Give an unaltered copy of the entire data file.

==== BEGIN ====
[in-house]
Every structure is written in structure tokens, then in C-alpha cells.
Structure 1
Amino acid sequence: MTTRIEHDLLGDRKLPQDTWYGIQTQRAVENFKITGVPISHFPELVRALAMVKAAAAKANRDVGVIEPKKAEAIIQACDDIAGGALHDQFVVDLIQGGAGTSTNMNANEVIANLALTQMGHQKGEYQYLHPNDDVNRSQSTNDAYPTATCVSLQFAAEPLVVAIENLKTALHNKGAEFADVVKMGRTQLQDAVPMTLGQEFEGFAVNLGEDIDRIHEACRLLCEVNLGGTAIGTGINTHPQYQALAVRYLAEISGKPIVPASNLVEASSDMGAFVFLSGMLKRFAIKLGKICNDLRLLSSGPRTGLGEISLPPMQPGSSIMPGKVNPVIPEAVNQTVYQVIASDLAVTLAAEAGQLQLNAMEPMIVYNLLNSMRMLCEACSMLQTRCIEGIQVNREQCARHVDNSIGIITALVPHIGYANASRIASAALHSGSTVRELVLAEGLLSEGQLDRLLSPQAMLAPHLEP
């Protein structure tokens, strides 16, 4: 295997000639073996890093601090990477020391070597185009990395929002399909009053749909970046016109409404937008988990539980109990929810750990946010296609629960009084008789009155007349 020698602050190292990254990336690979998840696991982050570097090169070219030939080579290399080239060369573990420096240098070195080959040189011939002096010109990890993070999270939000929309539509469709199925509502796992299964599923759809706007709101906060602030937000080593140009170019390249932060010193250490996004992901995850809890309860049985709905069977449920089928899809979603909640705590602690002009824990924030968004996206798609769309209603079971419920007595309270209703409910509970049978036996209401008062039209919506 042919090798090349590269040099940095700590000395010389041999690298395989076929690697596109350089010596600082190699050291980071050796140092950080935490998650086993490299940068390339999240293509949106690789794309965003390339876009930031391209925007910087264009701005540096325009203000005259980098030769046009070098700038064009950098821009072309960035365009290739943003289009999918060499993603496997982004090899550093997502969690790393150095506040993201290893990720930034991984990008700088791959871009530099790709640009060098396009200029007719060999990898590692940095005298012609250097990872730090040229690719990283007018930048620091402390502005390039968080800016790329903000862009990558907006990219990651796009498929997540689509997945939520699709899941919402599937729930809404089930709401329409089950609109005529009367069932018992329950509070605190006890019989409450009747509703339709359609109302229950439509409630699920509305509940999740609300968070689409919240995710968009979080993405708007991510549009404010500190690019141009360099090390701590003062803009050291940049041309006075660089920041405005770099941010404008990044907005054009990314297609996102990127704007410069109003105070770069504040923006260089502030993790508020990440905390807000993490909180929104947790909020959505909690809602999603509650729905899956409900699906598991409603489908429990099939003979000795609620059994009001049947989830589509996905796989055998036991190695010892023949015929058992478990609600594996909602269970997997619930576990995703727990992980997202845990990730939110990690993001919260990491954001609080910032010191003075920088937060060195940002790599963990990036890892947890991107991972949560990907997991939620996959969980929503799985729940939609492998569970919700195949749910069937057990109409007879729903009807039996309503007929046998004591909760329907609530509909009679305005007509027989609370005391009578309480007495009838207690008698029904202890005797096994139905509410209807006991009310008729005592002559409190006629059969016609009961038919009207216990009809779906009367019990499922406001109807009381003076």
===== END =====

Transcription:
[in-house]
Every structure is written in structure tokens, then in C-alpha cells.
Structure 1
Amino acid sequence: MTTRIEHDLLGDRKLPQDTWYGIQTQRAVENFKITGVPISHFPELVRALAMVKAAAAKANRDVGVIEPKKAEAIIQACDDIAGGALHDQFVVDLIQGGAGTSTNMNANEVIANLALTQMGHQKGEYQYLHPNDDVNRSQSTNDAYPTATCVSLQFAAEPLVVAIENLKTALHNKGAEFADVVKMGRTQLQDAVPMTLGQEFEGFAVNLGEDIDRIHEACRLLCEVNLGGTAIGTGINTHPQYQALAVRYLAEISGKPIVPASNLVEASSDMGAFVFLSGMLKRFAIKLGKICNDLRLLSSGPRTGLGEISLPPMQPGSSIMPGKVNPVIPEAVNQTVYQVIASDLAVTLAAEAGQLQLNAMEPMIVYNLLNSMRMLCEACSMLQTRCIEGIQVNREQCARHVDNSIGIITALVPHIGYANASRIASAALHSGSTVRELVLAEGLLSEGQLDRLLSPQAMLAPHLEP
């Protein structure tokens, strides 16, 4: 295997000639073996890093601090990477020391070597185009990395929002399909009053749909970046016109409404937008988990539980109990929810750990946010296609629960009084008789009155007349 020698602050190292990254990336690979998840696991982050570097090169070219030939080579290399080239060369573990420096240098070195080959040189011939002096010109990890993070999270939000929309539509469709199925509502796992299964599923759809706007709101906060602030937000080593140009170019390249932060010193250490996004992901995850809890309860049985709905069977449920089928899809979603909640705590602690002009824990924030968004996206798609769309209603079971419920007595309270209703409910509970049978036996209401008062039209919506 042919090798090349590269040099940095700590000395010389041999690298395989076929690697596109350089010596600082190699050291980071050796140092950080935490998650086993490299940068390339999240293509949106690789794309965003390339876009930031391209925007910087264009701005540096325009203000005259980098030769046009070098700038064009950098821009072309960035365009290739943003289009999918060499993603496997982004090899550093997502969690790393150095506040993201290893990720930034991984990008700088791959871009530099790709640009060098396009200029007719060999990898590692940095005298012609250097990872730090040229690719990283007018930048620091402390502005390039968080800016790329903000862009990558907006990219990651796009498929997540689509997945939520699709899941919402599937729930809404089930709401329409089950609109005529009367069932018992329950509070605190006890019989409450009747509703339709359609109302229950439509409630699920509305509940999740609300968070689409919240995710968009979080993405708007991510549009404010500190690019141009360099090390701590003062803009050291940049041309006075660089920041405005770099941010404008990044907005054009990314297609996102990127704007410069109003105070770069504040923006260089502030993790508020990440905390807000993490909180929104947790909020959505909690809602999603509650729905899956409900699906598991409603489908429990099939003979000795609620059994009001049947989830589509996905796989055998036991190695010892023949015929058992478990609600594996909602269970997997619930576990995703727990992980997202845990990730939110990690993001919260990491954001609080910032010191003075920088937060060195940002790599963990990036890892947890991107991972949560990907997991939620996959969980929503799985729940939609492998569970919700195949749910069937057990109409007879729903009807039996309503007929046998004591909760329907609530509909009679305005007509027989609370005391009578309480007495009838207690008698029904202890005797096994139905509410209807006991009310008729005592002559409190006629059969016609009961038919009207216990009809779906009367019990499922406001109807009381003076």